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FSSR failed to describe gradation; Act enacted in haste, S N Mohanty told
Monday, 15 October, 2012, 08 : 00 AM [IST]
Akshay Kalbag, Mumbai
Tejinder Singh Renu, honorary secretary, Vidarbha Taxpayers Association (VTA), Nagpur, met S N Mohanty, chief executive officer, Food Safety and Standards Authority of India (FSSAI), in New Delhi recently to discuss the ambiguities and discrepancies in the Food Safety and Standards Act (FSSA), 2006, and the Food Safety and Standards Regulations (FSSR), 2011.

While Renu was accompanied by Bhawanishankar Dave, joint secretary, Nagpur Hotel Owners Association, the country's apex food regulator was represented by S S Ghonkrokta, director (enforcement); Madhawan, deputy director (enforcement-I); and D S Yadav, deputy director (enforcement-II).

Renu explained, "The Act is literally threatening to close down practically all food business operators (FBOs) in the country, as the Regulations have a number of provisions that are practically impossible to comply with, and has also given unprecedented powers to the food inspectors leading to Inspector Raj."

He expressed his gratitude to Mohanty for extending the time limit as prescribed in Regulation 2.1.2 of the Food Safety and Standards (Licensing and Registration of Food Businesses) Regulations. 2011, which deals with licences for food businesses by six months, but said it would be insufficient as the Act applies to the whole country and covers all businesses related to food.

Renu raised several key issues, the first of them being FSSAI's failure to strike a logical balance and gradation. "They have surprisingly prepared the same provisions for all levels (from farm to fork), which means a petty dhaba and a seven-star hotel shall be following the same norms, as no parameters or gradations have been described under the new Act," he said.

Another issue raised by him was the fact that the regulator did not study the Indian market, agricultural procedures and other parameters before bringing the Act into effect. He said, "We (VTA) feel that the Act has been enacted in haste, and FSSAI has not given stakeholders a lawful opportunity."

After all, FSSAI was incorporated to lay down science-based standards for articles of food and to regulate their manufacture, storage, distribution, sale and import to ensure the availability of safe and wholesome food for human consumption. He also alleged that the regulator didn't follow provisions prepared by themselves, such as Sections 18(2)(a)(i) and 18(2)(d) of the Act.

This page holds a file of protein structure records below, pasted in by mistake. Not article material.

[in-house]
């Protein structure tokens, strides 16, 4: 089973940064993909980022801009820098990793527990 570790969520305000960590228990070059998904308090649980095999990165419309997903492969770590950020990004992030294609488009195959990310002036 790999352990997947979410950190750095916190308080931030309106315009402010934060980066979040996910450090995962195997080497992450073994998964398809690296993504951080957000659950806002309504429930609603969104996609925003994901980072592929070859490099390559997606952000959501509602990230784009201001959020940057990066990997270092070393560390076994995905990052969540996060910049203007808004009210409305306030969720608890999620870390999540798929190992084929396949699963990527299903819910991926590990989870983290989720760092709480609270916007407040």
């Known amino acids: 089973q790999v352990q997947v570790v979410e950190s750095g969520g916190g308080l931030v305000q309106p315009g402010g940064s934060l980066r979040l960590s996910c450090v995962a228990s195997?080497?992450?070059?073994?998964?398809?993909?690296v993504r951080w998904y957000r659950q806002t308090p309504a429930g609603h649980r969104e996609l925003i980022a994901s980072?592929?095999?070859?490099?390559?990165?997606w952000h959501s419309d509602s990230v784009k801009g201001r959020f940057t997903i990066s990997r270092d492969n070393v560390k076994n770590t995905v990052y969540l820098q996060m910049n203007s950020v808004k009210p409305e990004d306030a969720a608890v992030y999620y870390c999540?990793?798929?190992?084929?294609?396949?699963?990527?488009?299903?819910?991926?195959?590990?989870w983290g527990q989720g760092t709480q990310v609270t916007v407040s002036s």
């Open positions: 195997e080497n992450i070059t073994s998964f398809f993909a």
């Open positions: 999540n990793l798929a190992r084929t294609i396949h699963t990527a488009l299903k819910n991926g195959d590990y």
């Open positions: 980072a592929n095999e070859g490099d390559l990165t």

"Another vital issue was existing FBOs would come under the purview of the Act as they have been asked by local authorities to comply with all the provisions and local authorities have also been demanding a mandatory affidavit from all applicants stating that they will comply with all the provisions of Schedule IV within a year of taking registration under the Act," Renu said.

"The penalty provisions under the FSS Act, 2006 - namely Sections 42 to 63 - lack clarity and ambiguity therein, which would lead to a number of litigations. Also, it vests in food inspectors unprecedented powers, which is bound to give a boost to corruption," the VTA secretary pointed out.

Dave, joint secretary, Nagpur Hotel Owners Association, pointed out various discrepancies in the Food Safety and Standards (Food Products Standards and Food Additives) Regulations, 2011, and said, "Even the best foodgrains available in the market are failing to match the high standards and characteristics defined in the Regulations."

When Mohanty was quizzed about the exclusion of farmers and milk societies from the purview of the Act, he said, "FSSAI was formed after the Act came into existence, and hence it can only be replied by Parliament." However, he categorically stated, "Farmers are also requested to obtain registration under the Act before they can sell their produce in the market."

VTA, in its memorandum, said they would categorically state that they were not against any of the laws or provisions that were in the interests of people, who might be affected upon consuming unsafe or adulterated food, but the system adopted to cover one and all, be it a small FBO or a big one, overnight might surely attract corruption and Inspector Raj was incorrect.

"This should have been imposed slowly and gradation-wise, so that gradually all are covered. After a patient hearing, Mohanty assured us that FSSAI would reply to all the issues raised in our memorandum soon and issue appropriate clarifications in the form of memos or instructions for clarification," said Renu.
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